Designing abstract type and related abstract functions

I want to implement a type from where i would like to build other subtypes.

The supertype would be something similar to this.

Abstract type A end
function process end
@keywdef mutable struct B<:A
function B(items::AbstractArray)
      a= items
     for (i,x) in enumerate(items)
            b[x]= i

function process(object::B)

What I want to achieve is a sort of blueprint in a supertype which can later be customized for any subtype.

The idea here is that I want a type A which would define a set of functions (optional and required). Later I can create subtypes of A implementing methods to the functions of A.

For example the I can define an optional empty function process for types A and then later for B (subtype of A) I can implement the method.

I am still learning the ropes in julia so I wanted to know if the example that I have given is the correct way of doing what I have explained.


Hard to say, because what you posted isn’t valid Julia code, and it is unclear to me what you want to do specifically.

Note that abstract types are useful mostly for dispatch. If you just want to define methods for something, you don’t need an abstract type.

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I have edited the code I shared . I think I have made some mistake in some keywords. I am comparatively new to Julia, so I think I have made some mistakes in the sample code.

Specifically I want to do something similar in Julia like the sample python code below–

class A:
   def __init__(self, items:list):
         self.items = items

   def process(self):
         for (i,x) in enumerate(items):
         return b

Then I any other class can inherit the class B.

class C(B):
#further operations

Sorry, its a long time since I used Python, so I cannot help you as I still don’t know what you are trying to do.

no issue @Tamas_Papp. Maybe I will come up with a better example.

As @Tamas_Papp mentioned, abstract types (and types in general)) are primarily useful for dispatch (i.e. so you can get a method that works differently on types A and B). Yes, this could be a reasonable way to get what you want. Note, however, that types are not an analogue of classes. They are essentially completely different paradigms.

You could define:

abstract type Processable end

# Should this give an informative error? 
# A fallback method? A high level interface?
function process(p::Processable)
    return Dict(p.items .=> eachindex(p.items))

struct A <: Processable

# Let's say we have some other processable, that 
# guarantees unique-ness by construction.
struct UniqueProcessable <: Processable

function process(b::UniqueProcessable)
    # This one can do something different from A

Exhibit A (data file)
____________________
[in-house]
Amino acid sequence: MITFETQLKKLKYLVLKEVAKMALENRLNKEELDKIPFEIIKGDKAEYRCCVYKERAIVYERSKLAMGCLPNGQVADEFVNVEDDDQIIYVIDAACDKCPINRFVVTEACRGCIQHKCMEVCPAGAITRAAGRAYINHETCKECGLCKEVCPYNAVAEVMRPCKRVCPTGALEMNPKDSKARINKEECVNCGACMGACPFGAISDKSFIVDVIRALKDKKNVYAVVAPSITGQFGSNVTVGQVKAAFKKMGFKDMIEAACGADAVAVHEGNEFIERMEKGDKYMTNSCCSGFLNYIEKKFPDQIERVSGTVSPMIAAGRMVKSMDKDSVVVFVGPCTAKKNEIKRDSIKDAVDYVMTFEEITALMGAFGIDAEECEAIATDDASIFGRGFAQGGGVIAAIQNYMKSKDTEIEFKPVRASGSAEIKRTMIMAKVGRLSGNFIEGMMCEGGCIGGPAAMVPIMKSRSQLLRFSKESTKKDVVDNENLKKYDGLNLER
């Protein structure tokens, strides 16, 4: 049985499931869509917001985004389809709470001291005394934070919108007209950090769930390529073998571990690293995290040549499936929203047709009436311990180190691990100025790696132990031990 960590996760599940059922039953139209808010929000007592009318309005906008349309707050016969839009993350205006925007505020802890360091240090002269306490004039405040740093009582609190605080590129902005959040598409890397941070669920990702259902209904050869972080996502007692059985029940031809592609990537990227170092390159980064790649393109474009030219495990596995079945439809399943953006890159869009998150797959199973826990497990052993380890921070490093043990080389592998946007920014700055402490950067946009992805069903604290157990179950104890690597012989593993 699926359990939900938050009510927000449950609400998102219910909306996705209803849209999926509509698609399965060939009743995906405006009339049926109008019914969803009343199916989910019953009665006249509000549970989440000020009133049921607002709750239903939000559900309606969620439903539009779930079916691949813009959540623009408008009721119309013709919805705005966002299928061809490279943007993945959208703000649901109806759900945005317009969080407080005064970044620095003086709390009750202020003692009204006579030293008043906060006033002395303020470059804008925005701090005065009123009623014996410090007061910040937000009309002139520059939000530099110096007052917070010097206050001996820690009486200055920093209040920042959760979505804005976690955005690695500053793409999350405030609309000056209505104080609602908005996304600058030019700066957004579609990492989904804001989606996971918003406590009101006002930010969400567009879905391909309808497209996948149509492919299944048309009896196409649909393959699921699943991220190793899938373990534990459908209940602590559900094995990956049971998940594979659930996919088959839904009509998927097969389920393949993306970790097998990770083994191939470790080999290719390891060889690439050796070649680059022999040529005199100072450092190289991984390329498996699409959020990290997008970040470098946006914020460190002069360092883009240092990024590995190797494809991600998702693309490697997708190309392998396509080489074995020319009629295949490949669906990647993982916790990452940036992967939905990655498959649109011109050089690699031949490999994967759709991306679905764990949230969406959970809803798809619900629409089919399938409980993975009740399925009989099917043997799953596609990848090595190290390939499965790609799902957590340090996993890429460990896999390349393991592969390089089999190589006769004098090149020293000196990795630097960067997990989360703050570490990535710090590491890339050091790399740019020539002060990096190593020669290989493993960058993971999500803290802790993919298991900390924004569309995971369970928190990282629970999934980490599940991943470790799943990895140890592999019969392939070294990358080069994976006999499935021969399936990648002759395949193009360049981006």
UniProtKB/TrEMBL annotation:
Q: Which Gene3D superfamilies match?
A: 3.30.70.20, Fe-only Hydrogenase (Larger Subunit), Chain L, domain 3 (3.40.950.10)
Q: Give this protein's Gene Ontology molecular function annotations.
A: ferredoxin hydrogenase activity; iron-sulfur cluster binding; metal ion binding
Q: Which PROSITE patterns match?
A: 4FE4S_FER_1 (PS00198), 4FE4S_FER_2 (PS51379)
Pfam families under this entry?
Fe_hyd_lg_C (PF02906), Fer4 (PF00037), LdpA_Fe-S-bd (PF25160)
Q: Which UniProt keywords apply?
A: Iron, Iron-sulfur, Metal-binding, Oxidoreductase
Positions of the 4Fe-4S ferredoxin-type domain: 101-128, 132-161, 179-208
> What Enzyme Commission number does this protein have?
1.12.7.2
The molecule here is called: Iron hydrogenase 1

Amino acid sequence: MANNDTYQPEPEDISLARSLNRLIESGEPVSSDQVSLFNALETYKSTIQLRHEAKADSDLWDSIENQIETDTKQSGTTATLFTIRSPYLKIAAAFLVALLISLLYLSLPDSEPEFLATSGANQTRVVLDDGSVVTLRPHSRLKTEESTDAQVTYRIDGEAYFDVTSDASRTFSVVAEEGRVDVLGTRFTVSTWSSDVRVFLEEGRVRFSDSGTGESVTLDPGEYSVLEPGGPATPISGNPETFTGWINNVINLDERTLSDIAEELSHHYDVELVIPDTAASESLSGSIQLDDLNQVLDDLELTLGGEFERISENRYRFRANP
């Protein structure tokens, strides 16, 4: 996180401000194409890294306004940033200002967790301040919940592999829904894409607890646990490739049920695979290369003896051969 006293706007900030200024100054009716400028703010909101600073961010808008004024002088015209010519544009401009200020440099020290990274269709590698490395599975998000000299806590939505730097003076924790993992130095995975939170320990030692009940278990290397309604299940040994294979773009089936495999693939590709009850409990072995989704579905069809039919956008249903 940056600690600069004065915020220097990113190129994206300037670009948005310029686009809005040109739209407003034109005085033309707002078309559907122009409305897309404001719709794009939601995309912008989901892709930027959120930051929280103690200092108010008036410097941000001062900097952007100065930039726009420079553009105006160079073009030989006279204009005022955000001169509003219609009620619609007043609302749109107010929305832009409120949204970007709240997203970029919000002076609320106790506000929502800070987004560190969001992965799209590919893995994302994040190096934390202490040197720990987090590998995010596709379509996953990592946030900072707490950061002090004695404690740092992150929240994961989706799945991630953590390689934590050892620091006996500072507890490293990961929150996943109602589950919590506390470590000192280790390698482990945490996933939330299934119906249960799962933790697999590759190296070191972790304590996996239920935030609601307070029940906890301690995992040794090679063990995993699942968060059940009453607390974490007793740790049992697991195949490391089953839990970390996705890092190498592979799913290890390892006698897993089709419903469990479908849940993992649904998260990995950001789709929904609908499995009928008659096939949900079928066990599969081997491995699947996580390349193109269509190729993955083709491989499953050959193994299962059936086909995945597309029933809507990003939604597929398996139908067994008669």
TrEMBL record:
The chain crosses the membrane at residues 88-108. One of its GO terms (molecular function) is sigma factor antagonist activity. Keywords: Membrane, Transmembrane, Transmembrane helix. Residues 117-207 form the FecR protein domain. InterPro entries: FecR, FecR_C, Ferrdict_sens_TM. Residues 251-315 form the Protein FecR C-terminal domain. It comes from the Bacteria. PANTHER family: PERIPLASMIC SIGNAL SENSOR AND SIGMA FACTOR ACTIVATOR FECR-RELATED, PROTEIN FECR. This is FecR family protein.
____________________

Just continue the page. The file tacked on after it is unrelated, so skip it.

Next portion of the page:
# and other generic Processables
    # (maybe more efficient) because we know it's
    # guaranteed unique!

The above would work and could be a good idea, in case that’s what you intended. Not every problem is best solved in this way though. It makes sense to go this route if multiple Processables should handle the same method (the same abstract operation) in a different way. For example, arithmetic on Float64, vs Int64 works differently, but they both are Real numbers, and we can write generic code for them this way, that we can specialize as needed.
If you’re trying to design an “interface” (rather than sort out dispatch) you can often do so in other ways that may be equally good (sometimes better). For example, instead of the above, you could do:

# this part is generic:
function process(p)
    return Dict(reverse_pairs(p))

# this part relies on types and dispatch:
reverse_pairs(a::AbstractVector) = a .=> eachindex(a)
reverse_pairs(a::AbstractDict) = values(a) .=> keys(a)
# you can add more methods to `reverse_pairs` to get
# `process` to work like it should.

The above is how generic code must be implemented. For example, plenty of code (in Base and other places) that works on iterators must work on anything iterable, and yet there is no “AbstractIterator” (it would be too all-encompassing). Therefore it uses the “iterator interface”, functions like iterate, length/size, etc. to accomplish this.

Note that in the second example, reverse_pairs depends on types and dispatch to work in each case, but process itself is generic.

There’s a lot more to be said on the topic, really, but I think the best thing is just to continue increasing familiarity with the language. All of this isn’t unique to julia, but manifests itself a bit idiosyncratically.


@tomerarnon Thanks a lot. You had explained this very clearly.

Your first example is closer to what I want .

I want multiple processables to handle the same abstract operation in a different way.

For example process(b::UniqueProcessable) can guarantee uniqueness as you said. But I can have some other processable which can for example make a copy of the items(just an example).

In other words I wanted an abstract type and then other types belonging to the same hierarchy would be able to do something more customized.

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What you are asking here is how to implement object-oriented (OO) design paradigm called inheritance in Julia.
However, Julia is not an OO language so you cannot directly map OO paradigms here. Rather than that Julia is using multiple dispatch which is a different concept and usually requires different approach (however in the end there is some similarity).

Perhaps the best reading for the beginning is this SO thread: class - Julia: OOP or not - Stack Overflow

Basically, the replacement for OO programming in Julia is multiple dispatch combined with polymorphism - and here is a useful tutorial how to do it:


@pszufe that’s a very nice tutorial you shared.

There needs to be an official (and community reviewed) cookbook that addresses problems like this. Until this is in place, Julia is not very serious as a general purpose programming language.